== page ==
Written by Ralf Haley.
Why? What the [expletive deleted] am I doing here? What the [expletive deleted] is everyone else doing here?
Here, incidentally, is the Badgers Arms, home of Droyslden FC football club, the 21st best side in the Conference Football League according to the table. The date, 9th of October, the event a home tie versus Farsley Celtic in the league. The temperature unknown, but many a man’s part must have surely shrunk beyond recognition in this cold. Poor chaps.
It was to be cold day in hell before I attended another non-league game. Today was that day.
The time is 9:24 pm, halfway through the second half of a drab footballing affair. The score currently lies at 2-0 to the away side and if they were playing with a brick I doubt the standard would fluctuate or anyone notice.
The attendance has just been announced, 798. Not bad for Droylsden versus Farsley . In fact, very good seen as the quality is akin to attending a long labour, and it’s just as bloody and grim.
So why the attendance? Why have 798 people (mostly men) forked out for tickets, that for an adult on match day are £12.50, for the pleasure of witnessing a dour football game on one of the coldest days of the year and risk losing the ability to have children or even attending the lavatory standing up? I set about finding out.
Of the first 10 people I asked on the terraces an astonishing 8 were season ticket holders. More followed, some casual fans, some for a day out, more season ticket holders and incredibly one couple out on a date! Good luck with that post match conference! None seemed too articulate or have reason for why they were there.
As all hope disappeared as I searched for an answer to this odd gathering of people I suddenly struck gold. The man I’m about to describe to you puts even Moses’ 40 year trek through the Sinai desert for God into the shade, and dwarfs the biblical character’s commitment to the cause.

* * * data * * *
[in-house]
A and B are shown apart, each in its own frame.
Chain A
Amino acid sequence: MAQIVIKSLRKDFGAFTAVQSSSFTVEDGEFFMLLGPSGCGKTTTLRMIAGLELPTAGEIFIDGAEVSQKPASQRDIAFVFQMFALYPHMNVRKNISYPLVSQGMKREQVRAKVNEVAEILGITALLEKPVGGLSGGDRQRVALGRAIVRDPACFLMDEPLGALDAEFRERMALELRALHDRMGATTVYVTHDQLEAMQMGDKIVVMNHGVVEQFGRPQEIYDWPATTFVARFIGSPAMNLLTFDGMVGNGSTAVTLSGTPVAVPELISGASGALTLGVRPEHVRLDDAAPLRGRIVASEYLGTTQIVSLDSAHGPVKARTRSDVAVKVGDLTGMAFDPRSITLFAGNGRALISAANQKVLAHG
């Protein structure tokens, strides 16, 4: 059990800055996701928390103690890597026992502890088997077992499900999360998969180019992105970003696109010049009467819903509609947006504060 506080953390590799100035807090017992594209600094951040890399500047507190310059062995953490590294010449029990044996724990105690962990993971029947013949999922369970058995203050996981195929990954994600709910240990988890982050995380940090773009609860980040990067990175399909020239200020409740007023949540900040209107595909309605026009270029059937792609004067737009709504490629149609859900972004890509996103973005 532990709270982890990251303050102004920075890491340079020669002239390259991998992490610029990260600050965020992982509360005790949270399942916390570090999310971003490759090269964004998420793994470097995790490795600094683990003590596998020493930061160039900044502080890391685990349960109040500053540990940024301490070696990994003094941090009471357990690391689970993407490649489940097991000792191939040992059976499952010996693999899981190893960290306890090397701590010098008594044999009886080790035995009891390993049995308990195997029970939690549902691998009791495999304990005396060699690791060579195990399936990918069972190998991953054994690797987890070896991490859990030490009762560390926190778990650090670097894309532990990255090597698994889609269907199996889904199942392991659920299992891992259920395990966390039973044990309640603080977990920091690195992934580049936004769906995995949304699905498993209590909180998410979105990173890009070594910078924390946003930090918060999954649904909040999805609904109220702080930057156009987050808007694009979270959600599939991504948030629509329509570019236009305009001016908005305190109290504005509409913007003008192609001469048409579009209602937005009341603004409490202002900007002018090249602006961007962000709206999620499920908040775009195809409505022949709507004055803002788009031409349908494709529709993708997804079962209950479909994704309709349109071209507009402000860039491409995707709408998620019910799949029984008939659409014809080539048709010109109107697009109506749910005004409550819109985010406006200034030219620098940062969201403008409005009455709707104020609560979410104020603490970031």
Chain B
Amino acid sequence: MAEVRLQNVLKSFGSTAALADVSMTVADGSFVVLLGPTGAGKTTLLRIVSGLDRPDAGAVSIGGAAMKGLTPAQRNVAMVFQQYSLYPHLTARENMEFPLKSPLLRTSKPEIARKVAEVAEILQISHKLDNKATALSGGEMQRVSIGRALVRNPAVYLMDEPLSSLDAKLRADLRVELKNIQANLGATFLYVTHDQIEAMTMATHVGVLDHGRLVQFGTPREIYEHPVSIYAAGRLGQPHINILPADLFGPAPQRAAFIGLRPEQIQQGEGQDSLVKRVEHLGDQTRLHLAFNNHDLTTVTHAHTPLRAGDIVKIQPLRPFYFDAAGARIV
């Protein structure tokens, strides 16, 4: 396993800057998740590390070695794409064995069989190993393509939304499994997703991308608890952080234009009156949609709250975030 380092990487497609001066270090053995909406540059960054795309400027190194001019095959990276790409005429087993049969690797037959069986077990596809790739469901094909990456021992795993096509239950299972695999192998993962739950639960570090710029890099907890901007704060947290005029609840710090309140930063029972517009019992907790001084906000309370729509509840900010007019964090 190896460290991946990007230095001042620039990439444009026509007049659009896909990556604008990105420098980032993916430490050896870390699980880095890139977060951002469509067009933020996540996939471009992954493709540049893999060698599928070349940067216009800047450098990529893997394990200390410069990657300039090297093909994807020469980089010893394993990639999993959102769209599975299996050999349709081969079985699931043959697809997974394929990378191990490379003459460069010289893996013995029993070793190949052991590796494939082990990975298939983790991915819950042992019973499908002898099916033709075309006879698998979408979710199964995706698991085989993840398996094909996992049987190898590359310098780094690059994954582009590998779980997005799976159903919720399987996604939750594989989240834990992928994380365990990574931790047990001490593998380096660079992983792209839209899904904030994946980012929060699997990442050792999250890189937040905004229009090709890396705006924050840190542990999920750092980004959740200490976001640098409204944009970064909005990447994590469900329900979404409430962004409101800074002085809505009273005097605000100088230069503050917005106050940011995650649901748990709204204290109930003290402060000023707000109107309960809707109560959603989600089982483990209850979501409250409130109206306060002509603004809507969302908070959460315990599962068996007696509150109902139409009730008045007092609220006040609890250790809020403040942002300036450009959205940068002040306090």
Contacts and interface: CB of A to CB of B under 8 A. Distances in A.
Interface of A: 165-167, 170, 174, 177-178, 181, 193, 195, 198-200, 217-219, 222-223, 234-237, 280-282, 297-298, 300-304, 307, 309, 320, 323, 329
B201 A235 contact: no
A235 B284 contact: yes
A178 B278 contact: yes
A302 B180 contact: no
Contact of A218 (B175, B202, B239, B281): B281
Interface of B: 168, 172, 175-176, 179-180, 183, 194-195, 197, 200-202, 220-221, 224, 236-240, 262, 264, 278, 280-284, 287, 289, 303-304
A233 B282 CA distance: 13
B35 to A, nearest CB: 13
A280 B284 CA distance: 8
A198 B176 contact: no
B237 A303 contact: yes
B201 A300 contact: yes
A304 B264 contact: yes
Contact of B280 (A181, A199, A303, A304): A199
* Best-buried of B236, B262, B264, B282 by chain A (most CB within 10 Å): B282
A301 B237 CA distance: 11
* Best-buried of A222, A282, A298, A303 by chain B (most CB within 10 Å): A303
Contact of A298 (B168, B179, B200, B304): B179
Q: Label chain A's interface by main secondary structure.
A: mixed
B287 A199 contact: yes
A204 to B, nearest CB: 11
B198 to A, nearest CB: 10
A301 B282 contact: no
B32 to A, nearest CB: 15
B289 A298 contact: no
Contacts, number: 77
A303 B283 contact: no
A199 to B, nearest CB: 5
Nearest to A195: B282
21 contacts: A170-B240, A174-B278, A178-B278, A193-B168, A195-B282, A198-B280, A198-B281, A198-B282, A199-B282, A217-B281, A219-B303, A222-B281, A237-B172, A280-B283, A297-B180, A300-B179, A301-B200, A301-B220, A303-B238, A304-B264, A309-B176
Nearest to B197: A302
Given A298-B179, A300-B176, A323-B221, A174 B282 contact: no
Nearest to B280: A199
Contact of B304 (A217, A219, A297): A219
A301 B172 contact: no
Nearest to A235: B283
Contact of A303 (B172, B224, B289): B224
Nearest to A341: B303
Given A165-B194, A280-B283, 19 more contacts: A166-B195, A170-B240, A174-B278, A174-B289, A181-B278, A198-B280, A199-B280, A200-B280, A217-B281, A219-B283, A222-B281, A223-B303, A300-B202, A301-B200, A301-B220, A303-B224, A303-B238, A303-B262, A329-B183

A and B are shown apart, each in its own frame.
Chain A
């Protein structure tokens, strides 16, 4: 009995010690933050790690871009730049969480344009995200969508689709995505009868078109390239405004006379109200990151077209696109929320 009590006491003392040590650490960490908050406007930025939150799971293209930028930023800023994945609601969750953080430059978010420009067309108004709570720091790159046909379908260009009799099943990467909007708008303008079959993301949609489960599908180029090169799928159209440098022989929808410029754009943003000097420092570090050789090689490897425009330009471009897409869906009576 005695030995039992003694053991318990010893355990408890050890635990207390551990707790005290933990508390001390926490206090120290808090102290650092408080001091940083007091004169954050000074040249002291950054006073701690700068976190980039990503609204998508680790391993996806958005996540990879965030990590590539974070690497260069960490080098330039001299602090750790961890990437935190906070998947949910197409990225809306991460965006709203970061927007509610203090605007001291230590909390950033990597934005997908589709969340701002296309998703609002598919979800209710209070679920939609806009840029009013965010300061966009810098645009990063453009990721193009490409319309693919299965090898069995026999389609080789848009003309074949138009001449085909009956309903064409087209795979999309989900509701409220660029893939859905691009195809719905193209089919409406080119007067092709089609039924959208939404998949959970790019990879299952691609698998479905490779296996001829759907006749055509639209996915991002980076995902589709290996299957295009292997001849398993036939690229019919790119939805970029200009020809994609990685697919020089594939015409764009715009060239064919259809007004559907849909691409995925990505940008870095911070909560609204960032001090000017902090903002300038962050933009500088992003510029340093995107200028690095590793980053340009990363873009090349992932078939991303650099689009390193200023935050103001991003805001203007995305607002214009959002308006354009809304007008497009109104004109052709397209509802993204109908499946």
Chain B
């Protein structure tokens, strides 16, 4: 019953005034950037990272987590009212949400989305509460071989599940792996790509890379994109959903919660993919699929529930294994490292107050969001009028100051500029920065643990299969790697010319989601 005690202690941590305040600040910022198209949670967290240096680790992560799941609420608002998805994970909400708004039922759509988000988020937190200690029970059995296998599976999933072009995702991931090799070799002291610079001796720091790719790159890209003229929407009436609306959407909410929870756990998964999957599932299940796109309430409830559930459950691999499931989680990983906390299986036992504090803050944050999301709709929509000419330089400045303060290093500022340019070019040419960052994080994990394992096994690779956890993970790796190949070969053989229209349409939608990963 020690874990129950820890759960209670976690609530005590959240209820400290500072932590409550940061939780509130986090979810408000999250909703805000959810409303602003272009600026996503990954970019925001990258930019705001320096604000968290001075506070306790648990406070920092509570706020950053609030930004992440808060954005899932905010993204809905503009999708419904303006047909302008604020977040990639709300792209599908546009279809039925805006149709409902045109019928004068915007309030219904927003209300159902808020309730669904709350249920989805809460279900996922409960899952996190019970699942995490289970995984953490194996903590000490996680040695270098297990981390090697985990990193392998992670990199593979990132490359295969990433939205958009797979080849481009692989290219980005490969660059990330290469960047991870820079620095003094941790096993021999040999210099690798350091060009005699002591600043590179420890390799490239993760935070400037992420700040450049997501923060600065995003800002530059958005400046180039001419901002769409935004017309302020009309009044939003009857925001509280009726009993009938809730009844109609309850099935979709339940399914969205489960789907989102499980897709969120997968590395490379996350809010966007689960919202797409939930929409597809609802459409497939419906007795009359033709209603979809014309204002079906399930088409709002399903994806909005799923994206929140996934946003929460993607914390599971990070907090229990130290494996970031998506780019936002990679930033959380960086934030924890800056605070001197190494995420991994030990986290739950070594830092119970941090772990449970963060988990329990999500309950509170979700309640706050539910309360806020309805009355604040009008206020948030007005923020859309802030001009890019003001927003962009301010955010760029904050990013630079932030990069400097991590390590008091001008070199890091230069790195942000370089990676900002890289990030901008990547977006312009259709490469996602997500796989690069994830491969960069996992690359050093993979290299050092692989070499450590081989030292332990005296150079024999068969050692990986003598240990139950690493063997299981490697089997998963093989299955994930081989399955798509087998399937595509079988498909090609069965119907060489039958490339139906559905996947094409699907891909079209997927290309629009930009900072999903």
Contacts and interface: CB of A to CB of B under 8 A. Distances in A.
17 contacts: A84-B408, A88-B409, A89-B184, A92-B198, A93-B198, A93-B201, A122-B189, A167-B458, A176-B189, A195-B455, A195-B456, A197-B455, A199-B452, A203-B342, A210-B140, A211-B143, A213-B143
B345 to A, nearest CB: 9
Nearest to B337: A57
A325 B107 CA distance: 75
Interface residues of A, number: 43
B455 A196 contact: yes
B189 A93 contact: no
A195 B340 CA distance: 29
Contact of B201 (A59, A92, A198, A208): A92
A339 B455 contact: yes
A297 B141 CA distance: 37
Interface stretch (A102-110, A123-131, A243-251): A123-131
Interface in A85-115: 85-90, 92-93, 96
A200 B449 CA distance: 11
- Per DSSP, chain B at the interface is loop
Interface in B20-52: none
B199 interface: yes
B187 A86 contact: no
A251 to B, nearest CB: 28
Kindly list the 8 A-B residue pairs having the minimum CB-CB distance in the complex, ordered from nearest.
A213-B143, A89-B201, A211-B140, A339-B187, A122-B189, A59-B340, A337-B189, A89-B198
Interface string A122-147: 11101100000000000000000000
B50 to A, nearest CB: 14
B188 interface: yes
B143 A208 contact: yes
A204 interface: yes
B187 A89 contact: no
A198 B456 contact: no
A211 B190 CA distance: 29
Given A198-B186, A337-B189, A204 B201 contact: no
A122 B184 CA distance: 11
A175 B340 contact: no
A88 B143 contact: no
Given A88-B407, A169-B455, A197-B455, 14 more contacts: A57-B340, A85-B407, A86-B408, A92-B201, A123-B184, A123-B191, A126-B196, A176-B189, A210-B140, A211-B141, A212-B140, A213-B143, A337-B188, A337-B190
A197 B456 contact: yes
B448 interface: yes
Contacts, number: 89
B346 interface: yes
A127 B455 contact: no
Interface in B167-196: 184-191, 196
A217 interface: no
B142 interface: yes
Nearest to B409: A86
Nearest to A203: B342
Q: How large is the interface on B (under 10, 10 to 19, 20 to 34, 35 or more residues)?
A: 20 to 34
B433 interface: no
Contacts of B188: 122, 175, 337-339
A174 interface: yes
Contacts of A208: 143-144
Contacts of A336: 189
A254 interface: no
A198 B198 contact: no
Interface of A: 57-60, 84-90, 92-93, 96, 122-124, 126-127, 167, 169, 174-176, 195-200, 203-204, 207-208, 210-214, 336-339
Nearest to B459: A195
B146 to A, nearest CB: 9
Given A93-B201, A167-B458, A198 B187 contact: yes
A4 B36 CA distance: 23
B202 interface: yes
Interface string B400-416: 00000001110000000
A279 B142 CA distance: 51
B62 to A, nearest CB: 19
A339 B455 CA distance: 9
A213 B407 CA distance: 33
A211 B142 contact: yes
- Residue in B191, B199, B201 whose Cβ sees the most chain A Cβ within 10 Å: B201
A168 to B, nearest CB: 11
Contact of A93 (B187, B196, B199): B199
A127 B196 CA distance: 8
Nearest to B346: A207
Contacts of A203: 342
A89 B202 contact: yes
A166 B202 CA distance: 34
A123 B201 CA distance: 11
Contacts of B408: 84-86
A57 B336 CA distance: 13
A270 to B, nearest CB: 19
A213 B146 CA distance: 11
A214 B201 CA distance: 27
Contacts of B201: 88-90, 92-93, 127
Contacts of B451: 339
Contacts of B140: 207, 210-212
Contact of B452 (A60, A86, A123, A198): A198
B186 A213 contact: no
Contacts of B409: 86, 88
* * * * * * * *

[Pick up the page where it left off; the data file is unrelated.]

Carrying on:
Jack Rodgers, 21, commutes to as many games as he can, ‘around 70%’, from (ready?) St. Andrews, yes that’s in SCOTLAND, more than 300 miles away from Droylsden’s home ground. He doesn’t get any easy commutes to away games either, as there aren’t that many conference sides in Scotland, in fact none. Is there any method in this madness? ‘I can’t explain it, I just have to be here… I’m a Droylsden fan because I was born here, none of my family support them. I come here most often on my own, sometimes with my little brother.‘
At least Moses’ had a vision of God and divinity when he was given the 10 commandments. Droylsden haven’t. ‘We got promoted last year with two games in hand but this season we’ve been rubbish and only won one in 13.’
Then all of a sudden, his attention wandered as Droylsden were put under pressure once more. I and everything else other than the game were invisible to him. Goal, 3-0 and the second goal of the game for Bambrook and full-time. The home fans seem none too pleased nor displeased with the result as trudged off for their pie and pint.
And just as the temperature dipped so low that surely certain parts of my anatomy will never function properly again, I had to ask one more time, why? ‘This is my sickness, some have gambling, fashion or food. I have Droylsden. They’re my team and I’m stuck with them…They’re like an addition to my family which is weird but I’m fine with it. I can’t explain it beyond that.’
He didn’t need to, I began to understand. As the motto goes You’ve gotta do what you gotta do. If that means supporting them all the way then so be it. We’ve all got our team, some of us have Leeds (I won’t mention names) and some have the Bloods of Droylsden. Although I was surrounded by sick people I didn’t mind as his comments brought some much needed warmth as I began to understand what I thought was the most pointless of acts.
It’s going to be an uphill struggle though to keep supporting though, even more so now. The Premiership recently signed a deal with foreign broadcasters that will double their income and serve further to widen the gap between them and those not of the elite as more and more struggle to stay alive.
But with committed people like Jack Rodgers and the rest of the Droylsden FC fans there may be some hope for them and the rest yet. That may sound corny and saccharine and well that’s because it is. As for the man out on his date, he had left long before the final whistle arm in arm with his girl.
Perhaps there is some romance left in non-league football after all.